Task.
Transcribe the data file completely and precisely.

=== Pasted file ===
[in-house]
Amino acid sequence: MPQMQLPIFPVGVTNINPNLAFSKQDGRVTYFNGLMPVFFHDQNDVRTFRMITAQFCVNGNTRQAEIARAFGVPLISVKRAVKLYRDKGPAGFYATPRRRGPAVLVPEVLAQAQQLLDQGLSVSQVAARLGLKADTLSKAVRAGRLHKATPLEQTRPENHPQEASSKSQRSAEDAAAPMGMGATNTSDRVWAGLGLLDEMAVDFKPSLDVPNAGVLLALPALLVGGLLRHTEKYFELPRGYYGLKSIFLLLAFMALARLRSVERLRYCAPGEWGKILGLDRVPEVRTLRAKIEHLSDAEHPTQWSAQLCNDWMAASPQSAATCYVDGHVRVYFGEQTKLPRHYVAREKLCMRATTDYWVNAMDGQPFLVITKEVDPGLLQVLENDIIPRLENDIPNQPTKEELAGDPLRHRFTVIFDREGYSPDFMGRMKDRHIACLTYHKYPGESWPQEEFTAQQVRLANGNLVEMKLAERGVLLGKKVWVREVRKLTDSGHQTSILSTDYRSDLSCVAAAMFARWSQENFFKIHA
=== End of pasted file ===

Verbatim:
[in-house]
Amino acid sequence: MPQMQLPIFPVGVTNINPNLAFSKQDGRVTYFNGLMPVFFHDQNDVRTFRMITAQFCVNGNTRQAEIARAFGVPLISVKRAVKLYRDKGPAGFYATPRRRGPAVLVPEVLAQAQQLLDQGLSVSQVAARLGLKADTLSKAVRAGRLHKATPLEQTRPENHPQEASSKSQRSAEDAAAPMGMGATNTSDRVWAGLGLLDEMAVDFKPSLDVPNAGVLLALPALLVGGLLRHTEKYFELPRGYYGLKSIFLLLAFMALARLRSVERLRYCAPGEWGKILGLDRVPEVRTLRAKIEHLSDAEHPTQWSAQLCNDWMAASPQSAATCYVDGHVRVYFGEQTKLPRHYVAREKLCMRATTDYWVNAMDGQPFLVITKEVDPGLLQVLENDIIPRLENDIPNQPTKEELAGDPLRHRFTVIFDREGYSPDFMGRMKDRHIACLTYHKYPGESWPQEEFTAQQVRLANGNLVEMKLAERGVLLGKKVWVREVRKLTDSGHQTSILSTDYRSDLSCVAAAMFARWSQENFFKIHA